Dispute Over Election to Replace Lott Could Wind Up in Court
Sen. Trent Lott’s (R-Miss.) decision to resign by year’s end has sparked a partisan disagreement that could lead to a legal battle over his succession, with Democrats and Republicans now arguing over when the special election to replace him should be held.
Gov. Haley Barbour (R) has called the contest for Nov. 4, 2008, the date of the next regularly scheduled general election. But Democrats — in particular Mississippi Attorney General Jim Hood — contend that state law requires the special election to be held 100 days after Lott resigns, should the Senator stick with his stated plan to relinquish his seat by Dec. 31.
Hood is not ruling out legal action.
“We will decide what to do if and when it becomes necessary,” Hood said in a statement provided to Roll Call on Tuesday, in response to an inquiry about whether he plans to sue Barbour to change the election date. “We fully expect the governor will follow the law.”
The dispute has political significance because political insiders believe that Democrats have a better chance of winning Lott’s seat if the special election is held in March. If it coincides with the November presidential election, Republicans will have a much greater advantage, because the GOP White House nominee is expected to win the state handily.
Barbour’s office insists that the state law governing this matter, Section 23-15-855, allows the governor to call the special election to replace Lott for Nov. 4. Mississippi Secretary of State Eric Clark, a Democrat who administers elections in the Magnolia State, is backing Barbour’s interpretation of the law.
The portion of the statute in dispute reads: “… the election shall be held within (90) days from the time the proclamation is issued … unless the vacancy shall occur in a year that there shall be held a general state or congressional election, in which event the Governor’s proclamation shall designate the general election day as the time for electing a Senator … .”
Kell Smith, a spokesman for Clark, said that since there was a statewide general election (for governor and other state offices) this year, Barbour is entitled under the law to call the special election to replace Lott for Nov. 4. Although Smith did not say as much, it appears Barbour’s interpretation could center around the fact that he would be required to call the special election for 90 days out if Lott resigned in a year where no statewide general election was held.
Barbour’s office on Tuesday stood by its legal position, as well as its proclamation calling the special election for Nov. 4. Barbour spokesman Buddy Bynum declined to elaborate on the governor’s thinking, saying only that his boss was standing by the statement he issued on Monday.
In part, that statement read:
“Pursuant to Mississippi law, specifically § 23-15-855 (1), of the Mississippi Code, once the resignation takes effect, I will call a Special Election for United States Senator to be held on November 4, 2008, being the regular general election day for the 2008 congressional elections.”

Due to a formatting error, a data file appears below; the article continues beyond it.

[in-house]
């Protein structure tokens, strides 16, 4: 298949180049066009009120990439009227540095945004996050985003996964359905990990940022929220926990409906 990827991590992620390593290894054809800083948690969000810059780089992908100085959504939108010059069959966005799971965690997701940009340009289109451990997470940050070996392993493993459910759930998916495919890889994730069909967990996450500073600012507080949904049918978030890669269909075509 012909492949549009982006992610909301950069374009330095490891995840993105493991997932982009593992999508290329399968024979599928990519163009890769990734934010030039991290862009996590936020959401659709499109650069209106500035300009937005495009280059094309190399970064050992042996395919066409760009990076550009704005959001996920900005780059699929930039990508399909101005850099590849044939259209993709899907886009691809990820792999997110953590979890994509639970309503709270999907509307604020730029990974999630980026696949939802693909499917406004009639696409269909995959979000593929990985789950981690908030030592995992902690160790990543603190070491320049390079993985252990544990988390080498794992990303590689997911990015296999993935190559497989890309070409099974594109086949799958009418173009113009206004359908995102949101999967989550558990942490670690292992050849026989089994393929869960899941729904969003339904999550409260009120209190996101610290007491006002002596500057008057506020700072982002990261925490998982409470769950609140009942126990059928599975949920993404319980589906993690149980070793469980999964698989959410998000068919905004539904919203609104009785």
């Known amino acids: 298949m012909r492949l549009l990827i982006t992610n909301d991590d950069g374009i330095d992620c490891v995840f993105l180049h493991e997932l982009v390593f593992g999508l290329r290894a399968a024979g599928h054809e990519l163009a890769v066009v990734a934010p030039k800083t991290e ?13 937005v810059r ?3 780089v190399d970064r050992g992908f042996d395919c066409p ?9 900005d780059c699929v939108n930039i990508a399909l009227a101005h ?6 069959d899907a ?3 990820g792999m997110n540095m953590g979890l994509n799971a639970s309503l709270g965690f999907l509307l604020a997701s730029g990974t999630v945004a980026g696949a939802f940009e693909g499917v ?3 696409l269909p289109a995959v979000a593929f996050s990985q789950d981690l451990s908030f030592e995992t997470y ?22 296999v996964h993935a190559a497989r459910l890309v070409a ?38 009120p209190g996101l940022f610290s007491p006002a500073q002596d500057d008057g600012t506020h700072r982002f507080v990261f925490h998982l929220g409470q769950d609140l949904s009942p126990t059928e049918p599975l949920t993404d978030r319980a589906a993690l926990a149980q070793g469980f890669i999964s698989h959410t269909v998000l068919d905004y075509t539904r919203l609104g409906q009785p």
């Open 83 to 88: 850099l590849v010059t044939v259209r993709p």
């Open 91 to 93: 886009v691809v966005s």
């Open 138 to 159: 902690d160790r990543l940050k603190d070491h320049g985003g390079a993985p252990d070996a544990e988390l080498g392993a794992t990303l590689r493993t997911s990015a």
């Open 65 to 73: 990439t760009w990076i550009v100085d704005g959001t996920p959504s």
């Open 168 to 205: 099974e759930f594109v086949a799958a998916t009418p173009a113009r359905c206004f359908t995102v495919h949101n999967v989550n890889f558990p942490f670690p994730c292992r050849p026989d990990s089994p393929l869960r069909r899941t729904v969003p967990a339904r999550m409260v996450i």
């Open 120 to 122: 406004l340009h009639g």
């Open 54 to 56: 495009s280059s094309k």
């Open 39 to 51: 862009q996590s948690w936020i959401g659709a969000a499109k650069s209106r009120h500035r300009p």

Politically, Republicans would appear to benefit from holding the special election on Nov. 4.
Among the factors working for them under such a scenario are that Barbour’s appointed replacement for Lott would get to run as an incumbent.
Also, Nov. 4 is the same day as the presidential contest, and that is likely to boost Republican turnout. A special election held in 90 days would be more unpredictable on almost every front, especially because the contest is a special open primary, where the two top votegetters advance to a runoff, regardless of party affiliation, should the winner fail to exceed 50 percent of the vote.
Democrats declined to commit to legal action if Lott does in fact resign this year and Barbour sticks to Nov. 4 as the special election date. But they indicated that it could be forthcoming.
If they do file suit, recent history suggests that they could be successful.
Last year, Democrats stymied Republicans in Texas’ 22nd Congressional district, when a lawsuit they brought to stop the GOP from replacing former Rep. Tom DeLay (R) on the ballot was ultimately successful in a federal court.
Texas election law appeared to give DeLay — who resigned from office after winning the March 2006 GOP primary — the right to withdraw his name from the ballot and allow the Texas Republican Party to appoint a replacement candidate. But because of the suit brought by the Texas Democratic Party, DeLay’s name was removed from the ballot and the GOP was forced to back a write-in candidate because it was not allowed to designate a replacement.
Consequently, the Democratic nominee — now-Rep. Nick Lampson — ended up winning the Republican-leaning, suburban Houston district.
Lott could prevent the whole controversy by resigning in January instead of before the end of this year because then the election to replace him would automatically take place next November. But if he waited until January to resign, he would have to wait two years before he could begin lobbying Congress. If he steps down before Jan. 1, he would only have to wait one year.